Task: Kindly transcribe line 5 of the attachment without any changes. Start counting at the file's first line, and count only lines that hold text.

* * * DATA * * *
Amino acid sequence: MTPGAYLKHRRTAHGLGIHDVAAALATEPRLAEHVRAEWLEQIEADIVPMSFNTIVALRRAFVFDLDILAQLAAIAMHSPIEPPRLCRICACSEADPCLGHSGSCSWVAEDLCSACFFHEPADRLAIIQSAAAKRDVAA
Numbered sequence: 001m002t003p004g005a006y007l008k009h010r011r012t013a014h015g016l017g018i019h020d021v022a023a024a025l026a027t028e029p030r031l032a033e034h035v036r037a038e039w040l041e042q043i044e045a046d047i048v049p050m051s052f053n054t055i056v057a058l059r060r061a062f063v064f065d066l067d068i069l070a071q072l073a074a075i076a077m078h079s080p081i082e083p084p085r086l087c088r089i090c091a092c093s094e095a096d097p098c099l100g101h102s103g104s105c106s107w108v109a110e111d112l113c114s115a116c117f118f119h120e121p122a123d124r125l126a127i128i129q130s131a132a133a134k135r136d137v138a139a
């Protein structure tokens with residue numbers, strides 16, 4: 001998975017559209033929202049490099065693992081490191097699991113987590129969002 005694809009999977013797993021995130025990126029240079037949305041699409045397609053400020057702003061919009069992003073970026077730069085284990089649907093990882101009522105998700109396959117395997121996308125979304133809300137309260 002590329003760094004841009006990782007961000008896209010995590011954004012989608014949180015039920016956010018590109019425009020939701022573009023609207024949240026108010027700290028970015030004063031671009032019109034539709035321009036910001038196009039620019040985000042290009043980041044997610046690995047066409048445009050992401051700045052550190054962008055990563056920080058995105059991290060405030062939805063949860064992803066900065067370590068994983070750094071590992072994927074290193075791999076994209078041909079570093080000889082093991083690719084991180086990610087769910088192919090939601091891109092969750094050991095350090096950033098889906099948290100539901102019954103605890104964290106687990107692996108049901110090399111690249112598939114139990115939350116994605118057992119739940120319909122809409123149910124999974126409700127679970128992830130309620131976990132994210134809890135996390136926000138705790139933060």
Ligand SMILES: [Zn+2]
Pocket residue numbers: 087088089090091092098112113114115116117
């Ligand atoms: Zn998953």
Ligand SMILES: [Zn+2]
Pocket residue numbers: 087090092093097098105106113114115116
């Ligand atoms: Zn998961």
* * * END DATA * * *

Pocket residue numbers: 087088089090091092098112113114115116117